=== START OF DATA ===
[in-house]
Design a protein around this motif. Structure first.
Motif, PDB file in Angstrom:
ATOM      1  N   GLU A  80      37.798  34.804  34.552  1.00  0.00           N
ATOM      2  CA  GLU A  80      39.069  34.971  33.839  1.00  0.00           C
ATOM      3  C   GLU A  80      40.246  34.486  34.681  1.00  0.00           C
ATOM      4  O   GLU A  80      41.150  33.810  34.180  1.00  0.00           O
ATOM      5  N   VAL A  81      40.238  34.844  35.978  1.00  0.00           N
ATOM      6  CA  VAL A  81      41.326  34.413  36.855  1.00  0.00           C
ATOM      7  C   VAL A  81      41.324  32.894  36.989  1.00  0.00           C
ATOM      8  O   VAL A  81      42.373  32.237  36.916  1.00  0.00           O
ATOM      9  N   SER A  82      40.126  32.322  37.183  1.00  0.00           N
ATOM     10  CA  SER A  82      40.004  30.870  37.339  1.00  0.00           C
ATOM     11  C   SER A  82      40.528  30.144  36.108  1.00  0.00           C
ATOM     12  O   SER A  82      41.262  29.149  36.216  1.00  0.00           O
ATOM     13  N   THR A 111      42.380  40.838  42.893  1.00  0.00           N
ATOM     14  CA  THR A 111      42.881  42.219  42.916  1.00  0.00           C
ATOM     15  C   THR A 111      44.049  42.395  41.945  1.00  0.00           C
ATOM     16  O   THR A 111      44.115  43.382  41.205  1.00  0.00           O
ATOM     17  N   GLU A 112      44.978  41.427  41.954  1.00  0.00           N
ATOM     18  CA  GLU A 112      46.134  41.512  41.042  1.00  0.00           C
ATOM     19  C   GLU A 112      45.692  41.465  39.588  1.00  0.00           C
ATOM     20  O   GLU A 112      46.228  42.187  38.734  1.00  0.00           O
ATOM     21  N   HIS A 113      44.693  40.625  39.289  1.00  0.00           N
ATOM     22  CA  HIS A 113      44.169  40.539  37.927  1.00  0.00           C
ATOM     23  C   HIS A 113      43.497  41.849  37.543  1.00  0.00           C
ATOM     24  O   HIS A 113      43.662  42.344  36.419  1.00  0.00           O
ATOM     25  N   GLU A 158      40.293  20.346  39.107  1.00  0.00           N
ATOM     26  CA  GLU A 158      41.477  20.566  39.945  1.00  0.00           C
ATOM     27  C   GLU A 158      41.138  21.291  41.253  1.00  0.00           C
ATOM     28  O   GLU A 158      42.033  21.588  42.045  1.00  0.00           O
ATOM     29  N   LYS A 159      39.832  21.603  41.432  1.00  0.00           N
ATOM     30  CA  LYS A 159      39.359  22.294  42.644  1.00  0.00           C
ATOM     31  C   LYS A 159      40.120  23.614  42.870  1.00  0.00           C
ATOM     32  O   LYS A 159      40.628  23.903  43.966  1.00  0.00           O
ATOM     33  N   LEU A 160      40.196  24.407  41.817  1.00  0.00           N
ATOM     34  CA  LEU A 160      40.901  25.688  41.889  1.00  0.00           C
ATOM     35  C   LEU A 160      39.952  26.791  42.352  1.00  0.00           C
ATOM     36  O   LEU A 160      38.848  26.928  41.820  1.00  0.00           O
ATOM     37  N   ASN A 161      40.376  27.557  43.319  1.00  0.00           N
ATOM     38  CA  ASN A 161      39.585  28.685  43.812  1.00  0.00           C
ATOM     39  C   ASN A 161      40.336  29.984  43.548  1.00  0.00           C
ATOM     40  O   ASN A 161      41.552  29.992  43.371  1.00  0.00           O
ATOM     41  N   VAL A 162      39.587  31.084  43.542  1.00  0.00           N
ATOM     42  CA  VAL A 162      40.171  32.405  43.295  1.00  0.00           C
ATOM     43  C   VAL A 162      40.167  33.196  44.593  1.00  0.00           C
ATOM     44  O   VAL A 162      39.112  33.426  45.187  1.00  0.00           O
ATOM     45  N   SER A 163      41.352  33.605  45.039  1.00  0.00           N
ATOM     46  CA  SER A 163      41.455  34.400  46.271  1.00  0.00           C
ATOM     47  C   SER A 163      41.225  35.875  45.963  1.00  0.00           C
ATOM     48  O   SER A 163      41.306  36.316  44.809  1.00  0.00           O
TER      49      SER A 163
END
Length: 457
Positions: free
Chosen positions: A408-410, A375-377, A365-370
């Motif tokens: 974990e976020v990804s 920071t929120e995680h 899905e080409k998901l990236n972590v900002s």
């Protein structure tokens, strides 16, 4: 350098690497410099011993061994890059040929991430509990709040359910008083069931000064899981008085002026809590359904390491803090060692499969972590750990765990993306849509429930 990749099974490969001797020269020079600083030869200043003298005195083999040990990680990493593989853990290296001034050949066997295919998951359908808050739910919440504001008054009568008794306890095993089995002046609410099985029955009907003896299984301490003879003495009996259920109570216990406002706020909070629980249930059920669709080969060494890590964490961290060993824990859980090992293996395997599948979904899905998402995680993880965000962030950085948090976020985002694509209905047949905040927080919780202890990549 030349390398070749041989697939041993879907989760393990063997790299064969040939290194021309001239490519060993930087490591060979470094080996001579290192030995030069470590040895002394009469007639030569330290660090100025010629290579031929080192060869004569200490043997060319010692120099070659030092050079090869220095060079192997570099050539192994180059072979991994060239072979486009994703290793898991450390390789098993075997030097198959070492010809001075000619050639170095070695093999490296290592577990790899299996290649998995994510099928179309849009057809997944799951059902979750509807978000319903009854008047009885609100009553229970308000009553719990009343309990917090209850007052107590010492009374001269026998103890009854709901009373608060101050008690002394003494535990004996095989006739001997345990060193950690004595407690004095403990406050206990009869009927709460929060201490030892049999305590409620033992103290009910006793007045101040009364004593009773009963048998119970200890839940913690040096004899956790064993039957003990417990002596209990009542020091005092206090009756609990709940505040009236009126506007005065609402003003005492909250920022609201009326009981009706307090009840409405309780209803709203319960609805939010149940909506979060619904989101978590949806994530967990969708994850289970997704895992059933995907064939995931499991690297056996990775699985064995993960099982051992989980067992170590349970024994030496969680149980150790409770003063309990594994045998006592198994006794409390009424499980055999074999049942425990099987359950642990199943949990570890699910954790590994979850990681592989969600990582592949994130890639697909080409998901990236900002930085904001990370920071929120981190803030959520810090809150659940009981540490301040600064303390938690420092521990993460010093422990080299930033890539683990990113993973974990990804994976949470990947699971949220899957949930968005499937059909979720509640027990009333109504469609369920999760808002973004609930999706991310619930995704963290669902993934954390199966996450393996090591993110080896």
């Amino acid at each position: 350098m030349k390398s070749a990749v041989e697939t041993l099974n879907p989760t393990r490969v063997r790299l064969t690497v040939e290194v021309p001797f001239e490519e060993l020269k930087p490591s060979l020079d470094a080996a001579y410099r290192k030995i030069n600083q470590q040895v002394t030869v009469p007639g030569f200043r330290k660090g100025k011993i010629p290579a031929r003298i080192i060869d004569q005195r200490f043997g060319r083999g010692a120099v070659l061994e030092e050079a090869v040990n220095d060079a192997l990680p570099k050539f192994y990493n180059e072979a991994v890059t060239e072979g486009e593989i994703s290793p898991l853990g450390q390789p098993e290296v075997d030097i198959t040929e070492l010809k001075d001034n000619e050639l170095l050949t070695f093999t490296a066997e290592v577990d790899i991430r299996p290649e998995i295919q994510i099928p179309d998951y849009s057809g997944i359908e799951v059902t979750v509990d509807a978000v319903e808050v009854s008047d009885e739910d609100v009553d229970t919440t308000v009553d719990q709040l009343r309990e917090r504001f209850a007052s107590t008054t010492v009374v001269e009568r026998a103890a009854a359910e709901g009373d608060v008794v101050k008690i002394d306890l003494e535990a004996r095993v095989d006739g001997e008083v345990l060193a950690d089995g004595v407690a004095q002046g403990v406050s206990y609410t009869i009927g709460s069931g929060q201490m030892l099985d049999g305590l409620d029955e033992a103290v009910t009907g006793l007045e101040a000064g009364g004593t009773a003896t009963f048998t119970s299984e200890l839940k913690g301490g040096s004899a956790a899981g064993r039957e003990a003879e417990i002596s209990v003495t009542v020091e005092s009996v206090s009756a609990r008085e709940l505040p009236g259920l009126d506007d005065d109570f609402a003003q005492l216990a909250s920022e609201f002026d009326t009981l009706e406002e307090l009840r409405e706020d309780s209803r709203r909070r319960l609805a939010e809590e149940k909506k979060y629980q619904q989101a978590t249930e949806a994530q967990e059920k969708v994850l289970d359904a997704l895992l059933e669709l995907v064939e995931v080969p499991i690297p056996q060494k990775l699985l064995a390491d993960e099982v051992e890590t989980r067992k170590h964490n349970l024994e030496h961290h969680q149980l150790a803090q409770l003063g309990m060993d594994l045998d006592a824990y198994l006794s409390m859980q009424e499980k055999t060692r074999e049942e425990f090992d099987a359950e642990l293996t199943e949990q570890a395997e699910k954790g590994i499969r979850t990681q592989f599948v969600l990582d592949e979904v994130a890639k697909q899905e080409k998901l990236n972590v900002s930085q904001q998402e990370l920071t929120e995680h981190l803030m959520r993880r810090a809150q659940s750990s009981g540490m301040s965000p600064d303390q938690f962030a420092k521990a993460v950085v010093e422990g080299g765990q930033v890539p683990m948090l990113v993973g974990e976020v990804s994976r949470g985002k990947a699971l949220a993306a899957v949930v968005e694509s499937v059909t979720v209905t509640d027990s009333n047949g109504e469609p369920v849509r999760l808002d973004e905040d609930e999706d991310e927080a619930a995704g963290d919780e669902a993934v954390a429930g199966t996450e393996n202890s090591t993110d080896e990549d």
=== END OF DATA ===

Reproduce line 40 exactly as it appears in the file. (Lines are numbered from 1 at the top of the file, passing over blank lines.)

ATOM     37  N   ASN A 161      40.376  27.557  43.319  1.00  0.00           N